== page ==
For every project you complete, for every bug you squash, and for every typo you correct, comes a small, glowing feeling inside your stomach that is well worth the trouble of it all.

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A kid-friendly electronics board that you can program from the web

Peegar is an Arduinio-style electronics kit that you design programs for by dragging and dropping Scratch-style objects around in a browser; when you're done, the program is converted to a brief snatch of sound that you transmit through the board by plugging a standard audio cable into your device's headphone jack. Read the rest

Explaining physics with wonderful, 1930s-style animation

Hugh writes, "These amazing animated shorts on physics feature an adorable, 1930's style version of Maxwell's Demon. There are 3 so far -- can't wait to see more!" Read the rest

5-year-old wins Tulsa spelling bee, heads to nationals

Five-year-old Edith Fuller correctly spelled jnana to advance to the Scripps National Spelling Bee in Washington, D.C. She's the youngest competitor in the bee's history. Read the rest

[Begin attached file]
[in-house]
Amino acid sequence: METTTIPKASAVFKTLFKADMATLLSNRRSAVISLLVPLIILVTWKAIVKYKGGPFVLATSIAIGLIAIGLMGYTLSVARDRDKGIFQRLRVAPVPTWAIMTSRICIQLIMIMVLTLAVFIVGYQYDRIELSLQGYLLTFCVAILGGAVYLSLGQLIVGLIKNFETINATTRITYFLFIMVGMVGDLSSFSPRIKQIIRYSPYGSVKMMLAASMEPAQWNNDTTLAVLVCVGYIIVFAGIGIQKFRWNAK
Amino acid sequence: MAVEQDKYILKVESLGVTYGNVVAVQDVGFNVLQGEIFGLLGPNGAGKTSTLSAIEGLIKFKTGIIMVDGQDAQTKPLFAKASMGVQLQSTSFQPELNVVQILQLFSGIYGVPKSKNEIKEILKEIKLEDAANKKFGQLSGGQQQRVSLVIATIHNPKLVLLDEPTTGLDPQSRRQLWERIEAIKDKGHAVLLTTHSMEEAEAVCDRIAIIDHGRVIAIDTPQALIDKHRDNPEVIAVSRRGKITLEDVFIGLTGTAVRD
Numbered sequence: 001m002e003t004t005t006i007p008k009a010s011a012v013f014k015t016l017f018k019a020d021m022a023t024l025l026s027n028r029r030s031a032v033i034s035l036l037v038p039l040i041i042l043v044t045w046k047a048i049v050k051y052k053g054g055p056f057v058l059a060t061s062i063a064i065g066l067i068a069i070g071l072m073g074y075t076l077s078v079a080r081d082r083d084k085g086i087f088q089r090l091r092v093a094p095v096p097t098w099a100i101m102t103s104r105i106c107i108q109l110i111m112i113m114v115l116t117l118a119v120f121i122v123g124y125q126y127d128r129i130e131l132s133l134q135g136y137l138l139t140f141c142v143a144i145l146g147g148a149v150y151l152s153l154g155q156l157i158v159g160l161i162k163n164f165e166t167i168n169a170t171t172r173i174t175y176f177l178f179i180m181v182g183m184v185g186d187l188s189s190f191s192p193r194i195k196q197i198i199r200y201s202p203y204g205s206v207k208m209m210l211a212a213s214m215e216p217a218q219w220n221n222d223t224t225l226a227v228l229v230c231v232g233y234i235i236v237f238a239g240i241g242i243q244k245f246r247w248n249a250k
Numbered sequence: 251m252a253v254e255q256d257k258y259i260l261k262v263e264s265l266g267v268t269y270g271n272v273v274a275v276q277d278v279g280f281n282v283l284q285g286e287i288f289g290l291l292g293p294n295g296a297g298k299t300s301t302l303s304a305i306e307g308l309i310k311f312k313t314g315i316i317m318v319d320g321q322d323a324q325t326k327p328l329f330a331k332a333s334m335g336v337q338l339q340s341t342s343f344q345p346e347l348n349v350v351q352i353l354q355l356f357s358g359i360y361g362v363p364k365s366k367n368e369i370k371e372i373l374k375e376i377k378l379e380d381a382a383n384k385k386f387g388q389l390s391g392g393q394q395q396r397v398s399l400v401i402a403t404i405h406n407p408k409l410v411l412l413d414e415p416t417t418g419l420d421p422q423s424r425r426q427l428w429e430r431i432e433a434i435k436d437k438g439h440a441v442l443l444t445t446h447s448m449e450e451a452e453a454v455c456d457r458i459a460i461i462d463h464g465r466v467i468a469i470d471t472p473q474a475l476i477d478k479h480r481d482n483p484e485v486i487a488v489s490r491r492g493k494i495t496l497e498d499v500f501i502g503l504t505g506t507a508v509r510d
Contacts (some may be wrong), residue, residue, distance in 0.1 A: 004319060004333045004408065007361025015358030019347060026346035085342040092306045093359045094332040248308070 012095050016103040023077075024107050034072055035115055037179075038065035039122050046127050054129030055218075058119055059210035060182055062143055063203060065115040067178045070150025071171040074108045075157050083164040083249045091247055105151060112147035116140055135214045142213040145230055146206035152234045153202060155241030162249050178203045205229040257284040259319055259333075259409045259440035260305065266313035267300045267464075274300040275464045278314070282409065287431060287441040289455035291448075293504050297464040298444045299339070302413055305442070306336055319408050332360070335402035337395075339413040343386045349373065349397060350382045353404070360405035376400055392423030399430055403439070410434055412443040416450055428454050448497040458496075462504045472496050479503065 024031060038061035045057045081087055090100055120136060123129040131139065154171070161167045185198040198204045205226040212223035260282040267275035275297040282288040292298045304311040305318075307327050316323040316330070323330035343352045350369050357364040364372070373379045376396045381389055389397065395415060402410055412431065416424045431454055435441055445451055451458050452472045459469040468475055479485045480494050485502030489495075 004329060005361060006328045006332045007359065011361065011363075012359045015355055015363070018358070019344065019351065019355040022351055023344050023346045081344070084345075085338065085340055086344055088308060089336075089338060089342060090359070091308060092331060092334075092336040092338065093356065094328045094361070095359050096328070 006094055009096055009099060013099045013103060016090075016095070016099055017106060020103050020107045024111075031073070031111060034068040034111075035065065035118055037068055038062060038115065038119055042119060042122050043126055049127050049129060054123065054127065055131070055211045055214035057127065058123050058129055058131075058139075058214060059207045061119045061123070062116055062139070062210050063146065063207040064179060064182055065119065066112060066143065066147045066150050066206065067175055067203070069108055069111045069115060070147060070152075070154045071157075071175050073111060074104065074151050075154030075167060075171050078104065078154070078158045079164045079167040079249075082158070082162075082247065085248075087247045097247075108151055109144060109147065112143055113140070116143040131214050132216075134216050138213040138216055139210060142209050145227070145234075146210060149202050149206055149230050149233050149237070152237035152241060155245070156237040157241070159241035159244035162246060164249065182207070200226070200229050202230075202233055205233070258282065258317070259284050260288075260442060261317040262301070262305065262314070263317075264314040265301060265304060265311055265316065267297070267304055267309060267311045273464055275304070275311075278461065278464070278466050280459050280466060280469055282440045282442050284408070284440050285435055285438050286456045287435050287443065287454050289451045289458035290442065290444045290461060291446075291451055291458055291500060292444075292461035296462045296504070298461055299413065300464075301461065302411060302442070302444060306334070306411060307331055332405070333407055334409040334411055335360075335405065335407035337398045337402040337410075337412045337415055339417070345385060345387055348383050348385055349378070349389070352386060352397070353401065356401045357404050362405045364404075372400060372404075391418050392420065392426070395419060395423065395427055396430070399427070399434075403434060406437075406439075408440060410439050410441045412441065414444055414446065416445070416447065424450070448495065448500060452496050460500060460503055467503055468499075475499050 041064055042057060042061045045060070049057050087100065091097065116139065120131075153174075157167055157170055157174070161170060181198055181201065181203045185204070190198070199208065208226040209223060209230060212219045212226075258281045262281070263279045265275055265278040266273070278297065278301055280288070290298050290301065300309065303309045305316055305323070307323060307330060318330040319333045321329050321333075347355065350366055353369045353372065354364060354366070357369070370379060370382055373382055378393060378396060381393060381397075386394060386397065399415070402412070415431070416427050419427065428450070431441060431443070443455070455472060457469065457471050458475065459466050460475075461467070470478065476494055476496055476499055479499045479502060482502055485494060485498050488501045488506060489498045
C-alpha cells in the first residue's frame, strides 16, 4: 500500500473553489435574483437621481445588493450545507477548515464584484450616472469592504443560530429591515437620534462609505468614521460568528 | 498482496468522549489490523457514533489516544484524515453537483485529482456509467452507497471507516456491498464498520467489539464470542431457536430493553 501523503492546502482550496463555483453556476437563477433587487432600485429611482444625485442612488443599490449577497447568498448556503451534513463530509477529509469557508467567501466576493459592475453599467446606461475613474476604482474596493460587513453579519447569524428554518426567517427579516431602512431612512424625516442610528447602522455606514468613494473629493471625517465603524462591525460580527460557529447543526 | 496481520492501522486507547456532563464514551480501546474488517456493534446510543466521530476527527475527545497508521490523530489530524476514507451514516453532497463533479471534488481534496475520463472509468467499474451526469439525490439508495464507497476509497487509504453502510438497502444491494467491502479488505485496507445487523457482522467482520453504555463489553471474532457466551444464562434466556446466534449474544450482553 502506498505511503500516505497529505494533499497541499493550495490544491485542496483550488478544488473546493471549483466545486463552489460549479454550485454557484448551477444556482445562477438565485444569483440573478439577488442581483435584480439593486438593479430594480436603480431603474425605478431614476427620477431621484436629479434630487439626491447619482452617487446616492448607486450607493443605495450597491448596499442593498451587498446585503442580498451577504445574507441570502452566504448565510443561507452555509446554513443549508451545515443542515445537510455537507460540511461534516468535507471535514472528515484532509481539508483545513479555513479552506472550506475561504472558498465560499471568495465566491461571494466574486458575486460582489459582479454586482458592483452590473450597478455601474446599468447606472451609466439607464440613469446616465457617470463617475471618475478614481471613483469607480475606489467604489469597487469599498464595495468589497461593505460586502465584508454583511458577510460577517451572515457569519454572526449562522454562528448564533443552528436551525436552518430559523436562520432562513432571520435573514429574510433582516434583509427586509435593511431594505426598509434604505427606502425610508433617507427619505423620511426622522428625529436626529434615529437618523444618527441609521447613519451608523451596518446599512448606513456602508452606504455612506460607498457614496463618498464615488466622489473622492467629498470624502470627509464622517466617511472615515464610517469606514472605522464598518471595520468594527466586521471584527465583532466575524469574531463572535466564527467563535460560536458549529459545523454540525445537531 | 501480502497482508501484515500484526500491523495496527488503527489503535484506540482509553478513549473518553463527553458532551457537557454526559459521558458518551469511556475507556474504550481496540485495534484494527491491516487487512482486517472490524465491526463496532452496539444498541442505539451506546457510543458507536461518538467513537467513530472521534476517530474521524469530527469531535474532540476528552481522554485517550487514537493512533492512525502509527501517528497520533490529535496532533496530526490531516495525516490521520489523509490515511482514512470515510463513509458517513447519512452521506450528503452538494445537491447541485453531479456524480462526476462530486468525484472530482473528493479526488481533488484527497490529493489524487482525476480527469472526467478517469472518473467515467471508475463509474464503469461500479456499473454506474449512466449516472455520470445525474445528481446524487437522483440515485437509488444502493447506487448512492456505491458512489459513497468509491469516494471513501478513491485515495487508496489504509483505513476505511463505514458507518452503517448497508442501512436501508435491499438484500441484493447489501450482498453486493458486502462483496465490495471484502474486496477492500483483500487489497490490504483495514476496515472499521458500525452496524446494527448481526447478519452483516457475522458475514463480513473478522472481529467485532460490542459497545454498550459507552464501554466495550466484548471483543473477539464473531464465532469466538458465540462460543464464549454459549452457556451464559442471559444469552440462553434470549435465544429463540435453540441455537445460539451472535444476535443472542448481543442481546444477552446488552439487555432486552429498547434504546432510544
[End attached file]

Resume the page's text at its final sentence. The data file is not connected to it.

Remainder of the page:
Duh! Snuggie is a blanket, not priestly robes

Snuggie, a specialist warming item designed to allow docile and nearly immobile United States citizens to consume chips while bundled in a blanket and watching Oprah, sued the US government and won. Seems the feds wanted to designate the Snuggie as "apparel" because it reminds them of priest's robes, and shockingly tax it more than a mere "blanket."

Via WaPo:

That was enough to convince the Hawthorne, N.Y.-based Allstar Marketing Group, which makes the Snuggie, to take the U.S. government to the United States Court of International Trade for categorizing the Snuggie as apparel, similar to a “priestly garment.” The judge sided with Snuggie last month, saying that the product was a blanket, not clothing, in part due to its lack of closures in the back. Allstar Marketing declined to comment on the case.

The Snuggie case and others like it show how companies may go to great lengths to avoid the barriers governments impose on imported products. President Trump has argued for even stiffer tariffs on products from countries that refuse to negotiate better terms of trade with the United States, like Mexico and China. He has also backed away from free trade deals that would slash tariffs among many countries, and expressed a desire for negotiating deals with countries one-on-one.

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Steve McQueen's long missing 'Bullitt' Mustang found